Risk Factors for Gang Membership Among Norwegian Adolescents

Mons Bendixen, Norwegian Univ. of Science & Technology
Dan Olweus, University of Bergen

Findings from North American longitudinal studies of adolescents suggest that prior involvement in antisocial and criminal behavior is one of the best predictors of becoming a gang member. In addition, a number of factors within the domains of community, family, friends, school and individual characteristics have been found to increase the risk of gang membership. This paper explores risk factors of gang membership in a sub-sample of Norwegian students from The New Bergen Project Against Bullying. Data from a two-year longitudinal study of students in grades 5-7 (n=1952) who were measured at three time points (T1-T3), showed that the risk factors were largely different for boys and girls. Using logistic regression analysis, 'antisocial involvement' at T1 (Bendixen & Olweus, 1999) was the single best predictor of gang membership at T2/T3 for boys, while 'substane use' was the single best predictor for girls. Additional risk factors for boys included 'number of antisocial friends', 'opposition to parents', 'lack of parental control' and 'aggressive responses'. 'Lack of commitment to school' and 'learning disabilities' did not predict gang membership, nor did 'parental divorce' and personal characteristics such as 'inattentiveness', 'hyperactivity', 'anxiety' and 'dominance'.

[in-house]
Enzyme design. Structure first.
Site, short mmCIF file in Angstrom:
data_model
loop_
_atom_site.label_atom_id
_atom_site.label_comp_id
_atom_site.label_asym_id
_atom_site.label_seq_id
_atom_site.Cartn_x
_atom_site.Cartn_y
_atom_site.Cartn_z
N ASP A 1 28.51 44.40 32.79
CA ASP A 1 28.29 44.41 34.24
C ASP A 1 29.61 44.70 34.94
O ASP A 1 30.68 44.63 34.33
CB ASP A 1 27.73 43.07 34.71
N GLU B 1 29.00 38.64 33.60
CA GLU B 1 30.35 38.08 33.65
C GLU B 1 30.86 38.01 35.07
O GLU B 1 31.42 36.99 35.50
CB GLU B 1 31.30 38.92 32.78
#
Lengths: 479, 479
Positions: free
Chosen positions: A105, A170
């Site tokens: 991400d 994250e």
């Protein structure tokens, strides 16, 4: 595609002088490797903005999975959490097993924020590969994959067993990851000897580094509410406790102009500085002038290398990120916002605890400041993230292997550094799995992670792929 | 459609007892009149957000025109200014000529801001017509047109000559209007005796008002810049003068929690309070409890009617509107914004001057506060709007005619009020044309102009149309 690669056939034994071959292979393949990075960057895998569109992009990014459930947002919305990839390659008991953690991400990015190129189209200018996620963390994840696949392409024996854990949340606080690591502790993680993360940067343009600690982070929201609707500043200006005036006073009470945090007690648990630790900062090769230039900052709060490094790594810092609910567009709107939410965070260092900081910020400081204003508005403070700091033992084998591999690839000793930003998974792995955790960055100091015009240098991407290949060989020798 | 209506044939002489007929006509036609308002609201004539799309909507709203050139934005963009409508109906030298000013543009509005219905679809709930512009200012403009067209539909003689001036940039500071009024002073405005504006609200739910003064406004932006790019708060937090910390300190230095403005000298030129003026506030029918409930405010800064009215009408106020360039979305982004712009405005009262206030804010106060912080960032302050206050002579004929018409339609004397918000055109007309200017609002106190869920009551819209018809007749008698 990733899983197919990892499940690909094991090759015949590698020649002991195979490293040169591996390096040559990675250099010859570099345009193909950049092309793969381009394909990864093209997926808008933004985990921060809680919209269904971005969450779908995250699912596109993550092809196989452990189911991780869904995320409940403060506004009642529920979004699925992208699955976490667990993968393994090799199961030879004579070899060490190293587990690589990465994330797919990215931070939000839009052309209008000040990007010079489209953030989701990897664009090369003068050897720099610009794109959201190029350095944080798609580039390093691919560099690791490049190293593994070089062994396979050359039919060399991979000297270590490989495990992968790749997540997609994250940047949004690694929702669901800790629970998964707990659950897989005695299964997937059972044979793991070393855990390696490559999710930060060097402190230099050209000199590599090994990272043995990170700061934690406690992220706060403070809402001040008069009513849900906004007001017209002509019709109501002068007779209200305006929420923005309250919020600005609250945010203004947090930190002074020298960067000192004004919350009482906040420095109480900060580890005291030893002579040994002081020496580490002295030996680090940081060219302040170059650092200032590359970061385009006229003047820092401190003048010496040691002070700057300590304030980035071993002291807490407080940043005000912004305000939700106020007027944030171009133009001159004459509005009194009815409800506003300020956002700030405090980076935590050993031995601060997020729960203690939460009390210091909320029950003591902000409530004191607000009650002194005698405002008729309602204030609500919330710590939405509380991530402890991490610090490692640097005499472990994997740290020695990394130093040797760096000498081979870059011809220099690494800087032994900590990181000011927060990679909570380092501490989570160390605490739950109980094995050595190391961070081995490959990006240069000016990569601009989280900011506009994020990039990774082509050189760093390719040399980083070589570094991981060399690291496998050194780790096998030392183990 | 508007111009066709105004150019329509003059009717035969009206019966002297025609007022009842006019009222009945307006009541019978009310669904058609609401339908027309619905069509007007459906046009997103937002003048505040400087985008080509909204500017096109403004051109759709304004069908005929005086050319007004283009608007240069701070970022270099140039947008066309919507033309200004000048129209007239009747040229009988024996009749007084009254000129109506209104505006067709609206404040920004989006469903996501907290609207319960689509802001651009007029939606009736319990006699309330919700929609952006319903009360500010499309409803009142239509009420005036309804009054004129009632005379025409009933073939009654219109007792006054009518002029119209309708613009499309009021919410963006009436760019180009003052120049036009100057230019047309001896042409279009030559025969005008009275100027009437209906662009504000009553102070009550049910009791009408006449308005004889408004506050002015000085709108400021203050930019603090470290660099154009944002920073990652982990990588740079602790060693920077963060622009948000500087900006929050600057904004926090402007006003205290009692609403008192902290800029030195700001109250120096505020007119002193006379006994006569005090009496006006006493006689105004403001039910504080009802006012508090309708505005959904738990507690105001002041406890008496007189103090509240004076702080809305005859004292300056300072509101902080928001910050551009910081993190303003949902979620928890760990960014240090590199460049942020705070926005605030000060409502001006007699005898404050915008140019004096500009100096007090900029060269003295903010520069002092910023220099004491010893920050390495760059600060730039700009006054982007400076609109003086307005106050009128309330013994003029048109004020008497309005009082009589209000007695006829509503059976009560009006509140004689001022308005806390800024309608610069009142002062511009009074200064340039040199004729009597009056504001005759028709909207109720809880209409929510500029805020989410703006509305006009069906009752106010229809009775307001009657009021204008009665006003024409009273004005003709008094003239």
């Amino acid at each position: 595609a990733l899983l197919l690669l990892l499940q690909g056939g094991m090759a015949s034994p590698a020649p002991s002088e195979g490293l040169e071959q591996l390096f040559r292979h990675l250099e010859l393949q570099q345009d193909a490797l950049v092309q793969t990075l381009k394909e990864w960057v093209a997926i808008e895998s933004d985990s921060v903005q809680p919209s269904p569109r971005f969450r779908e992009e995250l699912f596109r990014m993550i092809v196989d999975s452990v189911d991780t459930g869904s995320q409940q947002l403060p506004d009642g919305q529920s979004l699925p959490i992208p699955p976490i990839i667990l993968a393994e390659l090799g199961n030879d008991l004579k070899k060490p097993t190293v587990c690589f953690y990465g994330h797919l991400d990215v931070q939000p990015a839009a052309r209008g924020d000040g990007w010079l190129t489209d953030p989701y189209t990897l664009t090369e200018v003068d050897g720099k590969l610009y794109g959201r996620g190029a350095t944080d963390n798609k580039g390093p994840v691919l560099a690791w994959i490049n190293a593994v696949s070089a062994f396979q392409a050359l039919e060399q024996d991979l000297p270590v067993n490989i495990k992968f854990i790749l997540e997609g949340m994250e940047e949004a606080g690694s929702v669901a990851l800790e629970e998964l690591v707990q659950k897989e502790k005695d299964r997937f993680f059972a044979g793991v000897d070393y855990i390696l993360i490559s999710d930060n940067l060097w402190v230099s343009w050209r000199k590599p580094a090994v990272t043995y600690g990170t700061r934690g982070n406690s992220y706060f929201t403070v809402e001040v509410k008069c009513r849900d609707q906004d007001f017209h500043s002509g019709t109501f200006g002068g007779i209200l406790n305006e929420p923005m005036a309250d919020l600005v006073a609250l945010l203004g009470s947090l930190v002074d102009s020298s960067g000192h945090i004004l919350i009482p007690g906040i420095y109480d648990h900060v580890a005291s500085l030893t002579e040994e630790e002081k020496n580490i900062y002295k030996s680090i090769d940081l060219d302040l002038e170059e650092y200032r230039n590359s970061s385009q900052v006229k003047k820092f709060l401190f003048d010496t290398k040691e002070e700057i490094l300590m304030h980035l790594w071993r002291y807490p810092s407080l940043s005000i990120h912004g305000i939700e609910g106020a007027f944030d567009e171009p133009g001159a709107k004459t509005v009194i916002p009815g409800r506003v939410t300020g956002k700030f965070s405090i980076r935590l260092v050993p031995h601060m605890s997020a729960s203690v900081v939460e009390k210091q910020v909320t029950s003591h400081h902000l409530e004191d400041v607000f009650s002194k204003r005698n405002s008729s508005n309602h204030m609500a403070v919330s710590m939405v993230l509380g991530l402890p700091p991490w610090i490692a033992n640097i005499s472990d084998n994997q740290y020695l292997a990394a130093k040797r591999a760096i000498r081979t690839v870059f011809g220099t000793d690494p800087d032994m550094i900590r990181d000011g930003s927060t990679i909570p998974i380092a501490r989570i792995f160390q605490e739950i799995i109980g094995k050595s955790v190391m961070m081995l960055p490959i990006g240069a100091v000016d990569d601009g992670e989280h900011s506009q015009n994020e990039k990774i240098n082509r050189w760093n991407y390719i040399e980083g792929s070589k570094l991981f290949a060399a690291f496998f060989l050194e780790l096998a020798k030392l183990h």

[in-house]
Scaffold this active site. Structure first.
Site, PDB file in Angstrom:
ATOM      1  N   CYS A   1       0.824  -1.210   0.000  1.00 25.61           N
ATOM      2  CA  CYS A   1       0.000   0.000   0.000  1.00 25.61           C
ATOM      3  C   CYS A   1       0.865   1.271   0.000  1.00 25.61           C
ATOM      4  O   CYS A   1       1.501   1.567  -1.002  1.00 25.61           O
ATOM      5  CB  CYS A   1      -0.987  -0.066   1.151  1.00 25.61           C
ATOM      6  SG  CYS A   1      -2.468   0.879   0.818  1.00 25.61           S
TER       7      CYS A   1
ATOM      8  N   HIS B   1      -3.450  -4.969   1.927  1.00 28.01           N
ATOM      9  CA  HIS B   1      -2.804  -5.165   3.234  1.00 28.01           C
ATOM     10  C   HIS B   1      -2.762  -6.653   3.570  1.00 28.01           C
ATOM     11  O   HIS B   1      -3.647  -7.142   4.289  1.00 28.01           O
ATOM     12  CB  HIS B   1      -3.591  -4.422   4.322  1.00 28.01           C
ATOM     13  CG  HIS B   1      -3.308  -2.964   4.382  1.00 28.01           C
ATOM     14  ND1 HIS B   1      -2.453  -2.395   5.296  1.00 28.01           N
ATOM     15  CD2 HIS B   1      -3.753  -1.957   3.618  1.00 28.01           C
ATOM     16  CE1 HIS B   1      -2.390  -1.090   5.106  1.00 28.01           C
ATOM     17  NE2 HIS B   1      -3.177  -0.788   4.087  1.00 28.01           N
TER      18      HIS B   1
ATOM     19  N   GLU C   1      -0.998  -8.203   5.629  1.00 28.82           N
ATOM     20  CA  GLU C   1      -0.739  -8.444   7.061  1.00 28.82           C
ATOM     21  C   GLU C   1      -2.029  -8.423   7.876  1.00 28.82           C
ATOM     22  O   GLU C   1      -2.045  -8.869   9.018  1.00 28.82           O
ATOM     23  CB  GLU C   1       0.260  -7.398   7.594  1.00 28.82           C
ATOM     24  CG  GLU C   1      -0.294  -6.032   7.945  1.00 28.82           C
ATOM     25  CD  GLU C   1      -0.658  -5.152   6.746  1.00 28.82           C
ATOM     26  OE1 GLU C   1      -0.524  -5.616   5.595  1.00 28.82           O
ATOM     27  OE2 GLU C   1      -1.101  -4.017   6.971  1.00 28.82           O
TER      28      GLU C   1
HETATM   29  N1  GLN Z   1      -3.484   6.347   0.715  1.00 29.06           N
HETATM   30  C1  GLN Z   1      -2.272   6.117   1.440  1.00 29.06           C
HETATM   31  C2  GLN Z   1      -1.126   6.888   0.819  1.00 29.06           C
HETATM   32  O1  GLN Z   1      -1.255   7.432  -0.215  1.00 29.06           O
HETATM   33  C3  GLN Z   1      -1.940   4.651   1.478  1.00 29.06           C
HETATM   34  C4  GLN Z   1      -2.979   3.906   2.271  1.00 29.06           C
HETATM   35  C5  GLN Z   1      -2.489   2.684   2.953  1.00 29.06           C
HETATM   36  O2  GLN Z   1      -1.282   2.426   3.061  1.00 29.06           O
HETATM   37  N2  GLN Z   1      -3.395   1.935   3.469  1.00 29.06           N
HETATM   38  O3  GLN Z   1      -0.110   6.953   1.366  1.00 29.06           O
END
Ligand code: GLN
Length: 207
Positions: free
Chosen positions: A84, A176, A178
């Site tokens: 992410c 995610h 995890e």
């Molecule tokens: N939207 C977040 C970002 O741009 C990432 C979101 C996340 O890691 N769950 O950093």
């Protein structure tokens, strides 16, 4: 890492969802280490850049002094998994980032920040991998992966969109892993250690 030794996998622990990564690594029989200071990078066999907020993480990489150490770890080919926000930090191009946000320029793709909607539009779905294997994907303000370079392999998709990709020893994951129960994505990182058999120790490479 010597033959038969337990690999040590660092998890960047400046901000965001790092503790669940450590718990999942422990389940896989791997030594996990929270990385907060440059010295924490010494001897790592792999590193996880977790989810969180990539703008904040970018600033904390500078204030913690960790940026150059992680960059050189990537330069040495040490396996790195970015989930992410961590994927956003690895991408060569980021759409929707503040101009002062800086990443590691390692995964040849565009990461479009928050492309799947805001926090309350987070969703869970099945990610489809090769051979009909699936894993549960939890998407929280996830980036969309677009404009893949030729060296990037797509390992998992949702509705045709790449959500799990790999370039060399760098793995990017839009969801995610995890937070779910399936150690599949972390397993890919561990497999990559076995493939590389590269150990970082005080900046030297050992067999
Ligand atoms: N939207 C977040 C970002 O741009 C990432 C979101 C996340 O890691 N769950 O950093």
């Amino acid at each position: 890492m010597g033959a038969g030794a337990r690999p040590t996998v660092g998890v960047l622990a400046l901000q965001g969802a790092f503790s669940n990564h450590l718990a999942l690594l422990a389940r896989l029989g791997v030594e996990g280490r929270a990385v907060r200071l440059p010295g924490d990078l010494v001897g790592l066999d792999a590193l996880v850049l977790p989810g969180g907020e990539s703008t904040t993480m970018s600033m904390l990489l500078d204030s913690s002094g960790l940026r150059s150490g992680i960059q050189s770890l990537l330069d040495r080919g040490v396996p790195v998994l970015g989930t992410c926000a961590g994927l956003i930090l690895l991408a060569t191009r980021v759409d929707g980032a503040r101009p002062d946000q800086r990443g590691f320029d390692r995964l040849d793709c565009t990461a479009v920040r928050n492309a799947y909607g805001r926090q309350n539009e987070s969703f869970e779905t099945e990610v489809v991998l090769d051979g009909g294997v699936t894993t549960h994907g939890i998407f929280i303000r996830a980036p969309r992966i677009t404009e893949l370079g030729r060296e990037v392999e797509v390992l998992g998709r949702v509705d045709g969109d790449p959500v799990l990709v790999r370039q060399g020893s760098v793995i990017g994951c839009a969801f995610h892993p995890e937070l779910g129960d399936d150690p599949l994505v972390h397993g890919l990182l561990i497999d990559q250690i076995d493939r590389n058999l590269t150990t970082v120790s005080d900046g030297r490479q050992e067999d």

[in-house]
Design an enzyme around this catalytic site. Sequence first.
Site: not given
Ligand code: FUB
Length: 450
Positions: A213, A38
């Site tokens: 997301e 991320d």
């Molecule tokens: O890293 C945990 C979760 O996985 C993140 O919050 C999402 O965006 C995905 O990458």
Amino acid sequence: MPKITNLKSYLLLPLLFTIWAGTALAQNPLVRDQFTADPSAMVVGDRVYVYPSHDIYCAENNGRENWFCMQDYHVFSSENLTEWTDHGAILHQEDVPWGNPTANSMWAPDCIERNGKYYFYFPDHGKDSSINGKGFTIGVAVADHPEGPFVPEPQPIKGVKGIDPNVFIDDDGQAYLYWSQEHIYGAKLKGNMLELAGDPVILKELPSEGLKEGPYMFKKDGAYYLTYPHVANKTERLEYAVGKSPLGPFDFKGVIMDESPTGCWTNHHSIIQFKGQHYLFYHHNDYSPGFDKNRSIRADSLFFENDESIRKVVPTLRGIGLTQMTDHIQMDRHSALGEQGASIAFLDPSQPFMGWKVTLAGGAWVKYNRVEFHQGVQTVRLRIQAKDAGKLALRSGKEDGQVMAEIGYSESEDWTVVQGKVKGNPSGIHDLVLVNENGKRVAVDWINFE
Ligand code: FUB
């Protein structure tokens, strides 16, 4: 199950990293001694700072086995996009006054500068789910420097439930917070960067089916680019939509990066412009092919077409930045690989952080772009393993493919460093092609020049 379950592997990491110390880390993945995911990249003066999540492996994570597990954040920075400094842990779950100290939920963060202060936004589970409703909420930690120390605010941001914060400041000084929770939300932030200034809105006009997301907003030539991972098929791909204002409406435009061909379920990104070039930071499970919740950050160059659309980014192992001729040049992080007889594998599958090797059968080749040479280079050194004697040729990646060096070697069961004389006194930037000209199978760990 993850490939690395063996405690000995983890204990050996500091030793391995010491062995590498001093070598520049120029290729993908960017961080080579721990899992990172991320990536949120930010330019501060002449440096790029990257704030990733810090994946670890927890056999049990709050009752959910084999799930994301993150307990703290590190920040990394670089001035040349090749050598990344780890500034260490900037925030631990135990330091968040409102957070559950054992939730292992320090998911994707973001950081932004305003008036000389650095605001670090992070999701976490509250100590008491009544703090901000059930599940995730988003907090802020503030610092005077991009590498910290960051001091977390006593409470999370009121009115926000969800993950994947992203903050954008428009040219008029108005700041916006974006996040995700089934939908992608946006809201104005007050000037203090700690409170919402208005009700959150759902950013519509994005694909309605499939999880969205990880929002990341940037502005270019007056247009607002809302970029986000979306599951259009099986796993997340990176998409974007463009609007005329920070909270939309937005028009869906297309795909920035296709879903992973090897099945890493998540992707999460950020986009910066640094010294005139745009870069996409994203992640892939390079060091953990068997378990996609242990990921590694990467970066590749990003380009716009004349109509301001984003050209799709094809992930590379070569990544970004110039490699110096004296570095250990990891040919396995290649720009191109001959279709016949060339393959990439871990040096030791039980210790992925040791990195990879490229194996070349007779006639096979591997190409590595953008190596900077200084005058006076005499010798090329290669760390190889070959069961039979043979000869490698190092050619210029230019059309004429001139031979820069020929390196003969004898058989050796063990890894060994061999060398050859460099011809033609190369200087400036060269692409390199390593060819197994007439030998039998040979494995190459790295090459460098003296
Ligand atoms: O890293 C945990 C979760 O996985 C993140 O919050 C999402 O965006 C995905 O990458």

(Return to Program Resources)

Updated 05/20/2006